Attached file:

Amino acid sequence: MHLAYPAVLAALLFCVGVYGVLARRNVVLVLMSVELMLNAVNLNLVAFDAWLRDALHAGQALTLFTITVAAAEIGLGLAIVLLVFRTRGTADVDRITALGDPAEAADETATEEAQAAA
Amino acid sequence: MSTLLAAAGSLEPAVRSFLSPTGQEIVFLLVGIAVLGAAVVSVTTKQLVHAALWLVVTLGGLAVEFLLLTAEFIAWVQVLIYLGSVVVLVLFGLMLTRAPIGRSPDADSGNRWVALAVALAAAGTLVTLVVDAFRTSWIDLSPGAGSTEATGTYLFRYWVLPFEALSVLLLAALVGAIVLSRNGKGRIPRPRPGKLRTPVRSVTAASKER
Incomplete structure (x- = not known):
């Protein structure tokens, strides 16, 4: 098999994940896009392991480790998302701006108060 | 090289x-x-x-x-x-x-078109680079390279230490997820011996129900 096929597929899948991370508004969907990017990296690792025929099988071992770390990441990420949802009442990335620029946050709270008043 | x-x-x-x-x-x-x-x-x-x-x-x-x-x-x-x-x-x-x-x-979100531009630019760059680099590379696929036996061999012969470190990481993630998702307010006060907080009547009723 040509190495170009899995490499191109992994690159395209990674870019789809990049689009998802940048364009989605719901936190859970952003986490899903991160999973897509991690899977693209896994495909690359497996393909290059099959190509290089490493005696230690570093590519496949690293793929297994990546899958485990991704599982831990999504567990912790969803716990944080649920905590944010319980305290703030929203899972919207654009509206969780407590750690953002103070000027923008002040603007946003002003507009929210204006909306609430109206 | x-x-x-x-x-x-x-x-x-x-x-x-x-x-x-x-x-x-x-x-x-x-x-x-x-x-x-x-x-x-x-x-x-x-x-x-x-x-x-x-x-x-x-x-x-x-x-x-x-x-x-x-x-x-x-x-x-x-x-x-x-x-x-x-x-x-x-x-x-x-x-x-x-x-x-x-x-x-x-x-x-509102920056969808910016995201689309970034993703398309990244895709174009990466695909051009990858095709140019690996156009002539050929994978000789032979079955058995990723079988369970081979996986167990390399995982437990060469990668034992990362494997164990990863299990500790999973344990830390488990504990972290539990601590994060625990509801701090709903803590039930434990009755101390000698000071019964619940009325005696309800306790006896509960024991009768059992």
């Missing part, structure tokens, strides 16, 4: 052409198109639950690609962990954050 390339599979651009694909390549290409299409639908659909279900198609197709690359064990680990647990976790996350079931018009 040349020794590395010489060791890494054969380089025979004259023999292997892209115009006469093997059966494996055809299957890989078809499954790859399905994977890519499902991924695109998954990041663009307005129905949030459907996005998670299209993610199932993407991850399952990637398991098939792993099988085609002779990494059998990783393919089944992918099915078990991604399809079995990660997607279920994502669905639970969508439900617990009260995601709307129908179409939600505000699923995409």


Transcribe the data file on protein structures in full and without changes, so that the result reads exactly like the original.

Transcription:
Amino acid sequence: MHLAYPAVLAALLFCVGVYGVLARRNVVLVLMSVELMLNAVNLNLVAFDAWLRDALHAGQALTLFTITVAAAEIGLGLAIVLLVFRTRGTADVDRITALGDPAEAADETATEEAQAAA
Amino acid sequence: MSTLLAAAGSLEPAVRSFLSPTGQEIVFLLVGIAVLGAAVVSVTTKQLVHAALWLVVTLGGLAVEFLLLTAEFIAWVQVLIYLGSVVVLVLFGLMLTRAPIGRSPDADSGNRWVALAVALAAAGTLVTLVVDAFRTSWIDLSPGAGSTEATGTYLFRYWVLPFEALSVLLLAALVGAIVLSRNGKGRIPRPRPGKLRTPVRSVTAASKER
Incomplete structure (x- = not known):
């Protein structure tokens, strides 16, 4: 098999994940896009392991480790998302701006108060 | 090289x-x-x-x-x-x-078109680079390279230490997820011996129900 096929597929899948991370508004969907990017990296690792025929099988071992770390990441990420949802009442990335620029946050709270008043 | x-x-x-x-x-x-x-x-x-x-x-x-x-x-x-x-x-x-x-x-979100531009630019760059680099590379696929036996061999012969470190990481993630998702307010006060907080009547009723 040509190495170009899995490499191109992994690159395209990674870019789809990049689009998802940048364009989605719901936190859970952003986490899903991160999973897509991690899977693209896994495909690359497996393909290059099959190509290089490493005696230690570093590519496949690293793929297994990546899958485990991704599982831990999504567990912790969803716990944080649920905590944010319980305290703030929203899972919207654009509206969780407590750690953002103070000027923008002040603007946003002003507009929210204006909306609430109206 | x-x-x-x-x-x-x-x-x-x-x-x-x-x-x-x-x-x-x-x-x-x-x-x-x-x-x-x-x-x-x-x-x-x-x-x-x-x-x-x-x-x-x-x-x-x-x-x-x-x-x-x-x-x-x-x-x-x-x-x-x-x-x-x-x-x-x-x-x-x-x-x-x-x-x-x-x-x-x-x-x-509102920056969808910016995201689309970034993703398309990244895709174009990466695909051009990858095709140019690996156009002539050929994978000789032979079955058995990723079988369970081979996986167990390399995982437990060469990668034992990362494997164990990863299990500790999973344990830390488990504990972290539990601590994060625990509801701090709903803590039930434990009755101390000698000071019964619940009325005696309800306790006896509960024991009768059992």
């Missing part, structure tokens, strides 16, 4: 052409198109639950690609962990954050 390339599979651009694909390549290409299409639908659909279900198609197709690359064990680990647990976790996350079931018009 040349020794590395010489060791890494054969380089025979004259023999292997892209115009006469093997059966494996055809299957890989078809499954790859399905994977890519499902991924695109998954990041663009307005129905949030459907996005998670299209993610199932993407991850399952990637398991098939792993099988085609002779990494059998990783393919089944992918099915078990991604399809079995990660997607279920994502669905639970969508439900617990009260995601709307129908179409939600505000699923995409």